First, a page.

Let’s get it on.
Heading into the 2016-2017 NBA season, it was tough to get a fix on the Washington Wizards. Scott Brooks was set to begin his first season as the Wizards head coach, while Washington’s two best players in point guard John Wall and shooting guard Bradley Beal were not on the same page.
At first the Wizards resembled a team that wasn’t in sync as they began the season with a record of 3-9. However the tide would begin to turn for Washington and once the calendar was set to shift to 2017, they had climbed back to the .500 mark. But after the Wizards dropped their first two games in January, they’ve gone on to become one of the hottest teams in the NBA as they have won 17 of their last 20 games. And heading into the NBA’s All-Star break, there isn’t a team in the Eastern Conference that wants to face them right now.
The Southeast Division has been up for grabs for the majority of the season, but things are changing since the Wizards have gone from the outhouse to the penthouse. The Wizards currently hold a 2.5-game lead over the Atlanta Hawks for the top spot in the division as they appear to be the most complete team there.
Wall has been one of the better point guards in the NBA since the Wizards made him the first overall pick in 2010. And this season has seen Wall earn his fourth consecutive trip to the All-Star Game as he is averaging a career-high in points per game with 22.9, while his 10.6 assists per contest are second in the league. Wall has 34 double-doubles to his credit this season which includes him recording one in each of Washington’s last eight games.
Like Wall, Beal is averaging a career-high points this season with 22.3 per contest which included going for a career-high 42 points on November 21 in a victory over the Phoenix Suns. Beal is showing that he is worth every penny when he and the Wizards agreed on a new five-year extension that is worth $128 million during the summer. This contract initially caused a rift between Beal and Wall, but now they’ve combined their forces to be one of the better back court duos in the NBA. And the fact that Beal and Wall are both healthy and on the same page is fueling the Wizards surge, along with several other factors.
The Wizards appeared as if they weren’t going to grow anymore under former head coach Randy Wittman which resulted in his termination and the hiring of Scott Brooks. Prior to joining the Wizards, Brooks was the head coach of the Oklahoma City Thunder for seven seasons where he compiled a record of 338-207 which was highlighted by guiding them to an NBA Finals appearance in 2012. Brooks also knew how to deal with different personalities as he found a way to get point guard Russell Westbrook, shooting guard James Harden, and small forward Kevin Durant enough shots. And this ability to keep the team’s best players happy is what makes him perfect for the Wizards as he is a breath of fresh air.
Small forward Otto Porter Jr. was the third overall pick of the 2013 NBA Draft by the Wizards and he has been a project for them as his production has increased in each season. This season Porter is averaging 14.4 points per game, while he is connecting on nearly 46% of his three-point attempts which currently leads the NBA. But even with the emergence of Porter, along with the strong play of Beal and Wall, the Wizards now have unity which has fueled their surge.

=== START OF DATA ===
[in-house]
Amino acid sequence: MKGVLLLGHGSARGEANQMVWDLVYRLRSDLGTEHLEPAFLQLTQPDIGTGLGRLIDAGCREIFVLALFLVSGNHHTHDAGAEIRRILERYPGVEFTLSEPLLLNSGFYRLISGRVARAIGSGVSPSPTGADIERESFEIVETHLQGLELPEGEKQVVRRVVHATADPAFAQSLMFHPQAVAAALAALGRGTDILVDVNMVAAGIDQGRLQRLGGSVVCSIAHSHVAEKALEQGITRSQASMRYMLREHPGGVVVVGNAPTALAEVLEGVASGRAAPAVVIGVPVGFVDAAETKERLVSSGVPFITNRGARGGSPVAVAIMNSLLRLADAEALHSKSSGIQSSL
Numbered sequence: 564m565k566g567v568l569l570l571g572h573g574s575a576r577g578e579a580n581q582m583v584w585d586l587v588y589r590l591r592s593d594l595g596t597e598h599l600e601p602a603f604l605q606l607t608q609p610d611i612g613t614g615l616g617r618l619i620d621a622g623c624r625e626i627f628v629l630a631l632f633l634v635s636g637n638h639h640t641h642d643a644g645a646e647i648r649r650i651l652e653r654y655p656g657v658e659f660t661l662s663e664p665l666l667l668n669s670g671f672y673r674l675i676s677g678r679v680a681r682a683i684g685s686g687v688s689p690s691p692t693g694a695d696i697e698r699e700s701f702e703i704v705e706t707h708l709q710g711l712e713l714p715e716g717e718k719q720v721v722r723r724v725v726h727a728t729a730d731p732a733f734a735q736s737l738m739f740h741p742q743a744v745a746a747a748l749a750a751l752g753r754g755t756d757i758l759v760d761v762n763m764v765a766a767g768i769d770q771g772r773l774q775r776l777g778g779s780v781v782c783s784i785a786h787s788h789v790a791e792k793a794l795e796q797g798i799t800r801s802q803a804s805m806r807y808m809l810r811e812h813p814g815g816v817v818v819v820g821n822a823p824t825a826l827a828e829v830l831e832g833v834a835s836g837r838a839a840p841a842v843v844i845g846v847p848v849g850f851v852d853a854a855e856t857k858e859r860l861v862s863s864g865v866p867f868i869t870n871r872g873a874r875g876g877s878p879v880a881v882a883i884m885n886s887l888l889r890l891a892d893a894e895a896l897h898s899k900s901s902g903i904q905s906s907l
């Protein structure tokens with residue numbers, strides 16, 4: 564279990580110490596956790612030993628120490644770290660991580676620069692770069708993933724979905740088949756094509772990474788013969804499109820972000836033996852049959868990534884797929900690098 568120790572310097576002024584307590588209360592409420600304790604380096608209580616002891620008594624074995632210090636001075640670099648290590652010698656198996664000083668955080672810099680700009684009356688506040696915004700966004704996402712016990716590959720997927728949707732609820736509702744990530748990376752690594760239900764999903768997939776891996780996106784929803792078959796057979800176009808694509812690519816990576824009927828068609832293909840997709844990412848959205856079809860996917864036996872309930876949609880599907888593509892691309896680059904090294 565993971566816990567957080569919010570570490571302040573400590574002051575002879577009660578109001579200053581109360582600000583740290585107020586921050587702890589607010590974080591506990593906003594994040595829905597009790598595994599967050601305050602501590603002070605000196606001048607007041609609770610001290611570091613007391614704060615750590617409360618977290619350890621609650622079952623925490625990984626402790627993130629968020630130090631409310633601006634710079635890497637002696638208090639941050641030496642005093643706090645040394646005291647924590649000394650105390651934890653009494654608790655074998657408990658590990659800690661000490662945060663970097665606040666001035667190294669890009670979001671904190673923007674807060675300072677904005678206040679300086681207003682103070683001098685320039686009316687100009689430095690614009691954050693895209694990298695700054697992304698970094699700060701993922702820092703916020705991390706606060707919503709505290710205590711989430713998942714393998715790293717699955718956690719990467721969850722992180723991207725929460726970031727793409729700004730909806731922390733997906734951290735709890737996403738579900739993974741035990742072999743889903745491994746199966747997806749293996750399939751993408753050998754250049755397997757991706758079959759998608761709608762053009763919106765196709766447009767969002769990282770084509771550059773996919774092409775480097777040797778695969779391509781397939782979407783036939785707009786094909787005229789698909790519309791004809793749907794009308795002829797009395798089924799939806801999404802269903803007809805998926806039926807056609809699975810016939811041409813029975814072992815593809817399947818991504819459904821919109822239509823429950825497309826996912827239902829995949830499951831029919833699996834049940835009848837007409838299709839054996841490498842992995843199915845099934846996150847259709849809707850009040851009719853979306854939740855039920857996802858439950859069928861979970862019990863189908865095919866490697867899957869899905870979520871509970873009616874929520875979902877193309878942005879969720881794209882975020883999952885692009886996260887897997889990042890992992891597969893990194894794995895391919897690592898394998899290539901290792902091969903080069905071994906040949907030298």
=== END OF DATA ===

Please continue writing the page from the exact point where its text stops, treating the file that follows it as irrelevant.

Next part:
This NBA season has produced some very intense battles between the Wizards and Boston Celtics. At the end of Washington’s game against Boston on January 11, there was a heated exchange between Wall and Celtics small forward Jae Crowder where both players had to be separated. This was just one of several incidents between these two teams this season which led to Wall and his teammates figuring out a way to respond.
As Washington was set to welcome the Celtics to the Verizon Center in D.C. on January 24, the entire Wizards team arrived to the arena wearing all black as is was dubbed that they were attending a “funeral”. The Celtics didn’t give the words of the Wizards any life, however Washington played inspired basketball throughout which led to one of their best victories of the season as they won 123-108 with them appearing to be a very tight knit group.
With the way that the Wizards are currently rolling, the only thing that can stop them right now is the NBA’s prolonged All-Star break which began for them last night. The Wizards have ascended to the third best record in the Eastern Conference as they are only trailing the Cleveland Cavaliers and Celtics in the standings. And thus it will be interesting to see if Wizards general manager Ernie Grunfeld will be willing to make a deal prior to next Thursday’s trade deadline in the NBA as it wouldn’t be wise to mess up team chemistry; especially with front court contributions of power forward Markieff Morris and center Marcin Gortat whose 11.5 rebounds per contest are eighth in the NBA.
But there is a buzz around this Wizards team as everyone is on the same page, while they are eyeing their first division title since 1979 which was the last time that they reached the NBA Finals. And who knows how far that this team can go once the NBA Playoffs roll around.
X-Atlanta Hawks 46-36 (6)
Believe it or not, the Atlanta Hawks will enter the 2016-2017 NBA season with the second longest active playoff streak in the league. The Hawks have made the playoffs in each of the last nine seasons and they’ve done it under the guidance of three different head coaches. Mike Budenholzer is set to begin his fourth season as the Hawks head coach and this is expected to be his toughest campaign with the club.
The Hawks must find a way to replace the contributions of center Al Horford who after spending nine seasons with the club, left as a free agent to join the Boston Celtics. During Horford’s time with the Hawks, he averaged 14.3 points and 8.9 rebounds per contest, and aside from his production on the court, his leadership will also be missed in Atlanta.